Sam Wollaston Tuesday July 17, 2007
…The previous occupants of the house I grew up in were all dead brainy. The two boys apparently used to go for walks and, instead of chatting about football or girls or whatever, they used to play chess against each other – without a board, just memorising the whole game in their enormous brains. In order to concentrate properly, they didn’t like to walk along together, but a hundred yards or so apart. So they used to employ their kid sister as a messenger, to run between the two of them, to deliver the next move: “His knight [pant pant pant] takes your bishop.”
It turns out she should have been playing as well. Girls can play chess too, apparently. And here, on My Brilliant Brain (Five), is Susan Polgar to prove it. She’s the first female grandmaster, and she can play up to FIVE games simultaneously in her head. Ha! In her wake she leaves a trail of the shattered egos of men who have fixed ideas of what women can and cannot do. Is there anything worse than a man who has fixed ideas about what women can and cannot do?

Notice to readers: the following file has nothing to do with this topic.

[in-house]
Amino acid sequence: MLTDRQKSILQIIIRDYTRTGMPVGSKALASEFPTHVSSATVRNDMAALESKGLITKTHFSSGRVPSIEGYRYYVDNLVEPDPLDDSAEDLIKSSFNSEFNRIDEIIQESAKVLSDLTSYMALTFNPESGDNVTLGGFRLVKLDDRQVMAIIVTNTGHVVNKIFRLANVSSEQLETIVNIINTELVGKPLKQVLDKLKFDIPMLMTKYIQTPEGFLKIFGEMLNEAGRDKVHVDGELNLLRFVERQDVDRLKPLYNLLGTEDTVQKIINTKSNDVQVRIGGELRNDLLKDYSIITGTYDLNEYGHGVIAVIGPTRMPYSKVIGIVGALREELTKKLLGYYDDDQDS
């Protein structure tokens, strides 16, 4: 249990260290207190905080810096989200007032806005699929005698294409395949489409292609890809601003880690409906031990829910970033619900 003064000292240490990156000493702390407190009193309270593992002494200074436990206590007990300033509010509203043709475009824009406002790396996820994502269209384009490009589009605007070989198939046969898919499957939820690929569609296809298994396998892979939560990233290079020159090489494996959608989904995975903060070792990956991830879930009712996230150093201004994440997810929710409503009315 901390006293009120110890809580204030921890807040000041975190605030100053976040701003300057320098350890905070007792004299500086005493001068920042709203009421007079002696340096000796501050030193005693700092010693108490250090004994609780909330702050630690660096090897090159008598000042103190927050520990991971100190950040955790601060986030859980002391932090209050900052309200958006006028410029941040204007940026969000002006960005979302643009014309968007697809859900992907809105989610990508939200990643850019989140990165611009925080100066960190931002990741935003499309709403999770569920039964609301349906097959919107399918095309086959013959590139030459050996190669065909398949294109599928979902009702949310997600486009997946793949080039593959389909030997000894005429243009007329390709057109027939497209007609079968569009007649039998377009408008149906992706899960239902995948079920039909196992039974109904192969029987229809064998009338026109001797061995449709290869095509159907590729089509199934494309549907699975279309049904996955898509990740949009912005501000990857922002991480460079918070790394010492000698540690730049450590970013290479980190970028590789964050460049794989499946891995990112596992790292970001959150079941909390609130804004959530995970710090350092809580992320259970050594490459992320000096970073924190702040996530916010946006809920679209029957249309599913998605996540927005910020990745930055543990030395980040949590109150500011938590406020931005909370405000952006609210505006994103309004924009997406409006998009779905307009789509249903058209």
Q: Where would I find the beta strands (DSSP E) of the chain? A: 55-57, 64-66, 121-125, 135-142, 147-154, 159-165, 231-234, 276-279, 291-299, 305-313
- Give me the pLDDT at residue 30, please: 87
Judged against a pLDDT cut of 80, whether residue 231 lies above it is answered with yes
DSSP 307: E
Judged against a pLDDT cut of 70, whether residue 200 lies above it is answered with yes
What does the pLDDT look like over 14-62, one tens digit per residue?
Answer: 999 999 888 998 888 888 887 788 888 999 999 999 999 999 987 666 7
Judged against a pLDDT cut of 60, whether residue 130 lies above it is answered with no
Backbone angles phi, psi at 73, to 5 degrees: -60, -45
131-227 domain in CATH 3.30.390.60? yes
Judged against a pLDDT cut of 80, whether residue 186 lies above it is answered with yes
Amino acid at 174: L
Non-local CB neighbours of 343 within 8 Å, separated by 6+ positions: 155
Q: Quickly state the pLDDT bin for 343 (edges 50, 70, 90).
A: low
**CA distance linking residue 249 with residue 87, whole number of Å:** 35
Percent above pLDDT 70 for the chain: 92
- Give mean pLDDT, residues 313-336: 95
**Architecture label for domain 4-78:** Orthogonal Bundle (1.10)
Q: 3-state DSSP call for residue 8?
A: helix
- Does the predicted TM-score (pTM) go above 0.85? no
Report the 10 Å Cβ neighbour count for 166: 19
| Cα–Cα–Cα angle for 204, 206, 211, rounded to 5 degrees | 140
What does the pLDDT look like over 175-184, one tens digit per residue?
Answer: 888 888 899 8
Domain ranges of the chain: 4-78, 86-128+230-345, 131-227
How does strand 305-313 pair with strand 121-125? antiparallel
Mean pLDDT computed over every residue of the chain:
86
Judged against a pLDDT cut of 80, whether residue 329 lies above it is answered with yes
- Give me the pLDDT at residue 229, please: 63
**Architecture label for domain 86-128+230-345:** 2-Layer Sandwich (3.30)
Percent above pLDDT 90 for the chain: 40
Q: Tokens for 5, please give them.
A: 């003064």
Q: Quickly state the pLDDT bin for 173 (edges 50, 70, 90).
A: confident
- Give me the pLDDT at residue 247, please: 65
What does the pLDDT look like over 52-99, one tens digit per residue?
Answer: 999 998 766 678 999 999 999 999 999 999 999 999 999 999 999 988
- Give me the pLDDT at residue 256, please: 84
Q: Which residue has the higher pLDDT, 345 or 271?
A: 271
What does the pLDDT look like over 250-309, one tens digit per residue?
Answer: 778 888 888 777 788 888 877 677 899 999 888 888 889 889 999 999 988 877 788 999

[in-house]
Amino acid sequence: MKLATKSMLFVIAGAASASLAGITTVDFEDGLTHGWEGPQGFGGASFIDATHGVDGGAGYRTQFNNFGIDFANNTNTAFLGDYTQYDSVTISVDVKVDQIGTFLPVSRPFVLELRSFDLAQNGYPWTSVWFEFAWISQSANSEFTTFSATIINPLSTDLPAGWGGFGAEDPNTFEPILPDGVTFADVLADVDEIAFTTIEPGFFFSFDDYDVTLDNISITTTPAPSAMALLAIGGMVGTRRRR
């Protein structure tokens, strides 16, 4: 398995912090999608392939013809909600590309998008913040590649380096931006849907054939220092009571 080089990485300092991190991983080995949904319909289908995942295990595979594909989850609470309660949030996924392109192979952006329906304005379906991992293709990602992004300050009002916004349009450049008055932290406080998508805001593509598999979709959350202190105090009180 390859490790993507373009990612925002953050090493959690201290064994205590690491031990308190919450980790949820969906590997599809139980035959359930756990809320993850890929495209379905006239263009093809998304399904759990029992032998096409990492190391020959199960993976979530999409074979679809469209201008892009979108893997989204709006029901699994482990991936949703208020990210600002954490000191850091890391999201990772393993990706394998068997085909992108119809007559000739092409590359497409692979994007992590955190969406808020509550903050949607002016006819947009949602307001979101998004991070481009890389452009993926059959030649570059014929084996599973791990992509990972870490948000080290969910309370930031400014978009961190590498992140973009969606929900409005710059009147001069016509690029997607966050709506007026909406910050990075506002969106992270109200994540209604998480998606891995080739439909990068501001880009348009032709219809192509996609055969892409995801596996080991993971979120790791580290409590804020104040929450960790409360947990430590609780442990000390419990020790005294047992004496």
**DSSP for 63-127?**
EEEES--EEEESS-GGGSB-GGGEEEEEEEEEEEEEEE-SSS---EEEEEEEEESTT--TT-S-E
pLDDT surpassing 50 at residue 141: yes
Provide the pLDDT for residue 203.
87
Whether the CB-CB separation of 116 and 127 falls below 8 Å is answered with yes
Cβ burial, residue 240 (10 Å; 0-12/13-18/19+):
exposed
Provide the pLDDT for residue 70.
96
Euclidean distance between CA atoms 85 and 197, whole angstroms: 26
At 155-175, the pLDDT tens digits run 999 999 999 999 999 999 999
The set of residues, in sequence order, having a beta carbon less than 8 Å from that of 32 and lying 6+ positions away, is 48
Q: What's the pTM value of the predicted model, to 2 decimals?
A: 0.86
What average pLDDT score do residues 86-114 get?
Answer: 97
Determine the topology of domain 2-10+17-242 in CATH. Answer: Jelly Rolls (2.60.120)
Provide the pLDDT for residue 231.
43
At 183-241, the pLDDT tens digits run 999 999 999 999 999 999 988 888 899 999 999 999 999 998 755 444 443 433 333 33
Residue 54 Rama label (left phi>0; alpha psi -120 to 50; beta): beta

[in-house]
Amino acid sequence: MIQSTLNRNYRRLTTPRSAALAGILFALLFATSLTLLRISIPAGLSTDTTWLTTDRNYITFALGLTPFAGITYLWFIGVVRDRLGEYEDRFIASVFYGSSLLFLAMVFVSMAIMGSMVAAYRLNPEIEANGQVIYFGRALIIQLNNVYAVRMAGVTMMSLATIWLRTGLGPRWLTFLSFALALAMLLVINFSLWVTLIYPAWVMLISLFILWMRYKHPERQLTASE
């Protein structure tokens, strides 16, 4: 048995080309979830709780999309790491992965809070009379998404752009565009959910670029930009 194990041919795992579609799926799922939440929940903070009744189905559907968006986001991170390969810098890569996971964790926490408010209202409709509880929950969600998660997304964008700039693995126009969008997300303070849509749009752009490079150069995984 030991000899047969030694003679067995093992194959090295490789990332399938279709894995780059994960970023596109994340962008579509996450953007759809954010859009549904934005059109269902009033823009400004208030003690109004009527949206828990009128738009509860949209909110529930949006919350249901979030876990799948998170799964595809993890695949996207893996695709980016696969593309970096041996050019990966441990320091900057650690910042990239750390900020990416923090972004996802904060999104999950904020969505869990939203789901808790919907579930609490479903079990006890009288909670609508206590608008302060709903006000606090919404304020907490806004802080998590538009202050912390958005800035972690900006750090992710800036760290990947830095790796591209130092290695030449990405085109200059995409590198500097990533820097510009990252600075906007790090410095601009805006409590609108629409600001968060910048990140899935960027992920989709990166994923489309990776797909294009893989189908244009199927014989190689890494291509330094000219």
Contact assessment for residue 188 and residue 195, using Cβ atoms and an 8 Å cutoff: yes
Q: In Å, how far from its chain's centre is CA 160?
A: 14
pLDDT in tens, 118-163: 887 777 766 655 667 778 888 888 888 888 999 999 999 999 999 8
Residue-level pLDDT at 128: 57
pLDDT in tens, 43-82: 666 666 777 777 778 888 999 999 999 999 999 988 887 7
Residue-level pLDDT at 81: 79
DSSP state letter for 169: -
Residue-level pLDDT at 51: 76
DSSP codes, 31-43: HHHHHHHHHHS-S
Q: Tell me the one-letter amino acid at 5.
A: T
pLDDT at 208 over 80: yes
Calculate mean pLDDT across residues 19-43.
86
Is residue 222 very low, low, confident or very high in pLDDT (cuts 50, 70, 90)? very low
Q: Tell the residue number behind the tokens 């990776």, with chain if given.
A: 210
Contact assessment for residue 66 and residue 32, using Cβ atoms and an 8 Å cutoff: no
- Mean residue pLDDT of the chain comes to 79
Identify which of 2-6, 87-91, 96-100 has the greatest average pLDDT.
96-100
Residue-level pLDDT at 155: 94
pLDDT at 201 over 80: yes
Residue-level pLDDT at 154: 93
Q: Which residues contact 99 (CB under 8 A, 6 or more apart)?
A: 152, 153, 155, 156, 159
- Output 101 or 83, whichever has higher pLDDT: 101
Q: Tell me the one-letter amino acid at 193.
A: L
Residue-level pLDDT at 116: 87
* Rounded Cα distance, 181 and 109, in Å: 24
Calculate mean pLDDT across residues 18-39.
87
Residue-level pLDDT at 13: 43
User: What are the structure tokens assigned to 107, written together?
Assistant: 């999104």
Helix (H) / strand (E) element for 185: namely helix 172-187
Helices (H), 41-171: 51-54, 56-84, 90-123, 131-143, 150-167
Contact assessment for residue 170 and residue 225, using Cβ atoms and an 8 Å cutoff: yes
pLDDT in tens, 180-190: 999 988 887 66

Anyway, the really interesting thing about Susan’s genius is that it was taught. Instead of Barbies, she got a chess set and books of old games to study. Her mates were the old geezers in the smoky chess clubs of Budapest. Chess became intuitive to her, and intuition is the key. Her dad reckons it didn’t have to be chess – it could have been music, science, mathematics, anything. We could all be geniuses if we wanted to.
This show is full of interesting stuff about how brains work, and how men and women think differently. For me, the most interesting bit was about the condition Times columnist Mary Ann Sieghart suffers from. She can’t recognise people – face blindness, it’s called.
Source: The Guardian